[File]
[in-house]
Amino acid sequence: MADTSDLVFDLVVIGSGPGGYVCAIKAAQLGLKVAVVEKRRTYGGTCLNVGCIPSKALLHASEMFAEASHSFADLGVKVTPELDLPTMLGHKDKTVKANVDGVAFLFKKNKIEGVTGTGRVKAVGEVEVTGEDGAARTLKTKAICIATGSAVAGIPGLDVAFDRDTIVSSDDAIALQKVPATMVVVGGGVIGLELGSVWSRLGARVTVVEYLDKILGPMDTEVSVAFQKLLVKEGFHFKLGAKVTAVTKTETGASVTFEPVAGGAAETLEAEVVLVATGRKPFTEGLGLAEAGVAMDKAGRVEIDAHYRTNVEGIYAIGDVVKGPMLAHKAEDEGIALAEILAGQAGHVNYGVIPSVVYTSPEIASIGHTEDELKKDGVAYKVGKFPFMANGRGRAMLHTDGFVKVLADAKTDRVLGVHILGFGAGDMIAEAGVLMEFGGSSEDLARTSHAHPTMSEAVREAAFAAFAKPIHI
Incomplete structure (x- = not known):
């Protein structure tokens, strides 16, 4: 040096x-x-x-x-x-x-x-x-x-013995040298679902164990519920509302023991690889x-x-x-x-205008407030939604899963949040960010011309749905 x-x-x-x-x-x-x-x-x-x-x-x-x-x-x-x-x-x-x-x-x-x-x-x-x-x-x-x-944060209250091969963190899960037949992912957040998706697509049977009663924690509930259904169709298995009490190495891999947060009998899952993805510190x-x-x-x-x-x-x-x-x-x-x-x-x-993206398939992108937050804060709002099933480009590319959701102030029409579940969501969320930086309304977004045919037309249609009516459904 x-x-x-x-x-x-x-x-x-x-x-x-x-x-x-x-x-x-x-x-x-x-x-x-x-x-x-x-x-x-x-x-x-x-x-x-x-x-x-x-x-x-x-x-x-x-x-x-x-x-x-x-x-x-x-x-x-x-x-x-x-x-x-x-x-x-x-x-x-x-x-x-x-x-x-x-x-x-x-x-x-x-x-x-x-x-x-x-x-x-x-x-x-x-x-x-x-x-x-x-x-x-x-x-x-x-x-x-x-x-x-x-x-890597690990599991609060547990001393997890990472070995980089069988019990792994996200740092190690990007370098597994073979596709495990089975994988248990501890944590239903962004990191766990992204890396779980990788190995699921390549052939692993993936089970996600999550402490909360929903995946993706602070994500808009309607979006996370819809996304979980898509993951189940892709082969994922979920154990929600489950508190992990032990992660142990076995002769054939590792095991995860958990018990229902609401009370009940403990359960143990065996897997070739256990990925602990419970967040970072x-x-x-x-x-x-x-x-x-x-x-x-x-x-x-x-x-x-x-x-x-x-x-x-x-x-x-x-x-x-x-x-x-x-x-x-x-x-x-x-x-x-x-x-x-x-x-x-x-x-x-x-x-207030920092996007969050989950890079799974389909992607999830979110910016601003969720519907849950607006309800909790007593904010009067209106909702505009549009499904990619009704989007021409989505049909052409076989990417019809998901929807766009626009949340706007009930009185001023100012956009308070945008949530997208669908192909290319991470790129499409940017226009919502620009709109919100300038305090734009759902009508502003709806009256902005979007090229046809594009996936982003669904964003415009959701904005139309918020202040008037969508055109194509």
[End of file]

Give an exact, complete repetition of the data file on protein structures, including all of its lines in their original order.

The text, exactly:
[in-house]
Amino acid sequence: MADTSDLVFDLVVIGSGPGGYVCAIKAAQLGLKVAVVEKRRTYGGTCLNVGCIPSKALLHASEMFAEASHSFADLGVKVTPELDLPTMLGHKDKTVKANVDGVAFLFKKNKIEGVTGTGRVKAVGEVEVTGEDGAARTLKTKAICIATGSAVAGIPGLDVAFDRDTIVSSDDAIALQKVPATMVVVGGGVIGLELGSVWSRLGARVTVVEYLDKILGPMDTEVSVAFQKLLVKEGFHFKLGAKVTAVTKTETGASVTFEPVAGGAAETLEAEVVLVATGRKPFTEGLGLAEAGVAMDKAGRVEIDAHYRTNVEGIYAIGDVVKGPMLAHKAEDEGIALAEILAGQAGHVNYGVIPSVVYTSPEIASIGHTEDELKKDGVAYKVGKFPFMANGRGRAMLHTDGFVKVLADAKTDRVLGVHILGFGAGDMIAEAGVLMEFGGSSEDLARTSHAHPTMSEAVREAAFAAFAKPIHI
Incomplete structure (x- = not known):
């Protein structure tokens, strides 16, 4: 040096x-x-x-x-x-x-x-x-x-013995040298679902164990519920509302023991690889x-x-x-x-205008407030939604899963949040960010011309749905 x-x-x-x-x-x-x-x-x-x-x-x-x-x-x-x-x-x-x-x-x-x-x-x-x-x-x-x-944060209250091969963190899960037949992912957040998706697509049977009663924690509930259904169709298995009490190495891999947060009998899952993805510190x-x-x-x-x-x-x-x-x-x-x-x-x-993206398939992108937050804060709002099933480009590319959701102030029409579940969501969320930086309304977004045919037309249609009516459904 x-x-x-x-x-x-x-x-x-x-x-x-x-x-x-x-x-x-x-x-x-x-x-x-x-x-x-x-x-x-x-x-x-x-x-x-x-x-x-x-x-x-x-x-x-x-x-x-x-x-x-x-x-x-x-x-x-x-x-x-x-x-x-x-x-x-x-x-x-x-x-x-x-x-x-x-x-x-x-x-x-x-x-x-x-x-x-x-x-x-x-x-x-x-x-x-x-x-x-x-x-x-x-x-x-x-x-x-x-x-x-x-x-890597690990599991609060547990001393997890990472070995980089069988019990792994996200740092190690990007370098597994073979596709495990089975994988248990501890944590239903962004990191766990992204890396779980990788190995699921390549052939692993993936089970996600999550402490909360929903995946993706602070994500808009309607979006996370819809996304979980898509993951189940892709082969994922979920154990929600489950508190992990032990992660142990076995002769054939590792095991995860958990018990229902609401009370009940403990359960143990065996897997070739256990990925602990419970967040970072x-x-x-x-x-x-x-x-x-x-x-x-x-x-x-x-x-x-x-x-x-x-x-x-x-x-x-x-x-x-x-x-x-x-x-x-x-x-x-x-x-x-x-x-x-x-x-x-x-x-x-x-x-207030920092996007969050989950890079799974389909992607999830979110910016601003969720519907849950607006309800909790007593904010009067209106909702505009549009499904990619009704989007021409989505049909052409076989990417019809998901929807766009626009949340706007009930009185001023100012956009308070945008949530997208669908192909290319991470790129499409940017226009919502620009709109919100300038305090734009759902009508502003709806009256902005979007090229046809594009996936982003669904964003415009959701904005139309918020202040008037969508055109194509």